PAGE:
The Cornish family lived in Stukeley Road in the West Ham area of Forest Gate. It was a solid, lower-middle-class neighbourhood, a short distance from Upton Park, at that time the home of West Ham United football club.

“Come into the house and have a cup of tea,” Alice Cornish said. “You are a rum one, if ever there was. All that time you spent in prison and never said a word to any of us about it.”

Inside the house she continued a disapproving monologue about Henry Perry’s past life. “It won’t do, that sort of thing, now the war’s over. You must mend your ways, get a proper job, look after your wife.” For a minute or two more she harangued him and then, apparently deciding that was enough, she said, “You’d better stay and have some dinner.”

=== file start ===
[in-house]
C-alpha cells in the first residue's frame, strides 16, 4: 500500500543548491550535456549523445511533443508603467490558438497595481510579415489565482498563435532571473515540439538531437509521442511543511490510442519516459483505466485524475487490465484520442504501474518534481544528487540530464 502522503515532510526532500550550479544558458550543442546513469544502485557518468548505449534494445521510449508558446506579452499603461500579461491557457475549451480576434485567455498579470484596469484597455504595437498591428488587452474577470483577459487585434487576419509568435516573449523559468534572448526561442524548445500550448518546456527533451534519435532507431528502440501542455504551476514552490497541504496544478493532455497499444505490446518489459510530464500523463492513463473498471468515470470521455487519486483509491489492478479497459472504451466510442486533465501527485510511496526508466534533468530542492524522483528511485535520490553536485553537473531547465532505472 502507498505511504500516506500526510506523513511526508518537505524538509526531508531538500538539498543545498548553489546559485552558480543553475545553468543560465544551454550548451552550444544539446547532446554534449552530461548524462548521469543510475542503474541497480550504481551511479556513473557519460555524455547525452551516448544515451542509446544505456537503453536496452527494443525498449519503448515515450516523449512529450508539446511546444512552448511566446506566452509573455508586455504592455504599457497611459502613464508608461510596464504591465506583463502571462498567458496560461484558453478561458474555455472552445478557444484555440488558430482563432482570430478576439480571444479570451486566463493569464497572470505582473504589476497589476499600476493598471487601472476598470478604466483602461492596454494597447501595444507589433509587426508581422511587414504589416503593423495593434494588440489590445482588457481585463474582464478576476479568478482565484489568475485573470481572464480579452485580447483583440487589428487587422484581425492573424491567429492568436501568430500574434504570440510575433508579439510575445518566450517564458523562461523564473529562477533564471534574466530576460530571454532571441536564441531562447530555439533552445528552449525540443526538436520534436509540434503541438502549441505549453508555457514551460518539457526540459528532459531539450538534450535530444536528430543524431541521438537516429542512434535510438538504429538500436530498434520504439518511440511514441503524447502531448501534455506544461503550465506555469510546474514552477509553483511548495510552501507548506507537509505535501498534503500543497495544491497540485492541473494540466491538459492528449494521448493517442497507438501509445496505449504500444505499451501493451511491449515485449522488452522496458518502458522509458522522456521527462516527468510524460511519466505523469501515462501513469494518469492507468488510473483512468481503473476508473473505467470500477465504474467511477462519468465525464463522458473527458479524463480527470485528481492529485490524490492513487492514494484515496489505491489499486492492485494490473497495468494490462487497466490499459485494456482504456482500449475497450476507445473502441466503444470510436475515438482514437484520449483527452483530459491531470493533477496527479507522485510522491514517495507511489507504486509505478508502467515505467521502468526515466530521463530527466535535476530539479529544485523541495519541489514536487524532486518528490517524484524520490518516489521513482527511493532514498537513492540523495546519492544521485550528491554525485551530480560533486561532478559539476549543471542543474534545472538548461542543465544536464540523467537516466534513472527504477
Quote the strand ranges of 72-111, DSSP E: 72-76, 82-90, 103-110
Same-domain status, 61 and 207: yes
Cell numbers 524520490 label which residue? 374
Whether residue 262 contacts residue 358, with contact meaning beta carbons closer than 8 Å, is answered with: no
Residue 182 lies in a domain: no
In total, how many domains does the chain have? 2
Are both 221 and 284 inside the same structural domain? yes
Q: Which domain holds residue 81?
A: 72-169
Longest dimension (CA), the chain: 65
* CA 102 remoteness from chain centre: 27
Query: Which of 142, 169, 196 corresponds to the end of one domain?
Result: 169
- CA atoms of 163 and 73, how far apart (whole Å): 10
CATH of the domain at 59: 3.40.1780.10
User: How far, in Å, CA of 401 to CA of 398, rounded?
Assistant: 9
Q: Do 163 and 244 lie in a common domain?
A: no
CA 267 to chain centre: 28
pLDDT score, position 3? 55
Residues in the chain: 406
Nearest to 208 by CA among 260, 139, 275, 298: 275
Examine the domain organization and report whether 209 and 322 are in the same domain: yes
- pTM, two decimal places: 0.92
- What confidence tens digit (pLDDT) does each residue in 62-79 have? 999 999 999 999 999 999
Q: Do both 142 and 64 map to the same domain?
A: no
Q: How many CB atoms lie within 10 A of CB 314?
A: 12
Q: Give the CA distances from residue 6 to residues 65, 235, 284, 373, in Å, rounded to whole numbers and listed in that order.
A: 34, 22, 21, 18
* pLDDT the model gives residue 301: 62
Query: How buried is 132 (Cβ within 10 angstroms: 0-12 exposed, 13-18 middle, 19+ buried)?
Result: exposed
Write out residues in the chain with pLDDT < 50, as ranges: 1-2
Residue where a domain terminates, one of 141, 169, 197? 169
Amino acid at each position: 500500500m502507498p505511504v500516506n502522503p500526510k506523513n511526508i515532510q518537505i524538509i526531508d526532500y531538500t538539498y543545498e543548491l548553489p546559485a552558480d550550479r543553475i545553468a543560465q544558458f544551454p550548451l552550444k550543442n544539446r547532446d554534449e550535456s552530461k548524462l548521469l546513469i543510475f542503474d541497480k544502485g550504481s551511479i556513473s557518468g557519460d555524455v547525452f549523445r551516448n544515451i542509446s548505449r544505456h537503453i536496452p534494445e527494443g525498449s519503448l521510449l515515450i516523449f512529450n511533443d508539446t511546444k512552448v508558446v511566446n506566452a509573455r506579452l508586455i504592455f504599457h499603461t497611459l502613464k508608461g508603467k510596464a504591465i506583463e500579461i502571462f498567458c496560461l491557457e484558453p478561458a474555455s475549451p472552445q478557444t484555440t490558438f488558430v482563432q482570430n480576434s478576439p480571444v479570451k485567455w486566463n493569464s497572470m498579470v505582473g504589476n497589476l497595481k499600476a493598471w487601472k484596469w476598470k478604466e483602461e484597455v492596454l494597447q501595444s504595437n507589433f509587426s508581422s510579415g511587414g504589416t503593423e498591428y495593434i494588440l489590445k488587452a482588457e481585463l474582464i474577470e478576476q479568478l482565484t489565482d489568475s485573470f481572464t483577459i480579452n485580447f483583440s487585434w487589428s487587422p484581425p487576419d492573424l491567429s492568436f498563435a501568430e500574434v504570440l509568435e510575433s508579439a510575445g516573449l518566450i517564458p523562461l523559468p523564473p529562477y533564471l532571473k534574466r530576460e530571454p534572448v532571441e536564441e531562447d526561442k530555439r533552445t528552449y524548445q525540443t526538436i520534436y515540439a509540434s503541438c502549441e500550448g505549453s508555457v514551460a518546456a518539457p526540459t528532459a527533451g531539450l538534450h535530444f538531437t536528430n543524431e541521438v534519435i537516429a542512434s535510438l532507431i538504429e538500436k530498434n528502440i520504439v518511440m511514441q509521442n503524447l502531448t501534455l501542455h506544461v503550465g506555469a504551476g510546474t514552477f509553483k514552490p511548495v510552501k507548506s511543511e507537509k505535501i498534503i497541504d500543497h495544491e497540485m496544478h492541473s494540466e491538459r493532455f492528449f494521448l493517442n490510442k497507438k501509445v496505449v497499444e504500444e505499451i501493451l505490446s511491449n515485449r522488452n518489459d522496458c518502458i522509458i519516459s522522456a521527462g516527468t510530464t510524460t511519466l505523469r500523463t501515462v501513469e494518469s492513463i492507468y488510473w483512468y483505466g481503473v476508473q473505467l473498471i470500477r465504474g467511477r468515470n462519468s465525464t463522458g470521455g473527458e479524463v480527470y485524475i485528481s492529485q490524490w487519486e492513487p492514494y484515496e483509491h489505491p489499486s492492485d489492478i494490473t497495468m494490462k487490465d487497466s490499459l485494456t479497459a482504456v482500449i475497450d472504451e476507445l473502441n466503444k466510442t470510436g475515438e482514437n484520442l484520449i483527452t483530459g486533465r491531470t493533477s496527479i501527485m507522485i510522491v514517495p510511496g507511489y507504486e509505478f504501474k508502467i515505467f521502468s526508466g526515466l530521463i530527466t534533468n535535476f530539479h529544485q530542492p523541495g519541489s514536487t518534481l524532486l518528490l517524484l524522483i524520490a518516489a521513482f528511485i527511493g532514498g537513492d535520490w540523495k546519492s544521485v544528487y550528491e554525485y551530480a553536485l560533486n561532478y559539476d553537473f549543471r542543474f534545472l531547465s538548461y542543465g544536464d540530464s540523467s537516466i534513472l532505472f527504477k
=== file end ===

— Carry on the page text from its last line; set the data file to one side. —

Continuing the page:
They went into the kitchen and Perry sat in a chair at the table. As Alice turned to prepare the meal Perry rose from his chair, picked up a poker, and brought it down on her head, knocking her off her feet.

Alice’s shout of pain brought her 14-year-old daughter, also called Alice, running into the kitchen. Perry hit her over the head with an axe that was kept by the fireplace, and then cut her throat. Turning back to her mother, he cut her throat and then cut off her ring finger, removing her wedding ring.

Who else was in the house, he wondered? He remembered the second Cornish daughter, six-year-old Marie. Taking the axe with him he found her on the stairs, wide-eyed with terror. He brought the axe down on her head, smashing her skull.

Perry knew that Alice Cornish’s husband, Walter, 48, a builder and painter and decorator, would soon be home for his meal. He gathered up the body of Mrs. Cornish and took it out to the garden shed. He carried the body of Alice, the daughter, to the cellar steps, closing the door behind her, and left the body of Marie on the staircase inside the house.

Now, transposed into a five-foot monster killer, and clearly completely out of his mind, he decided to wait for the luckless Walter…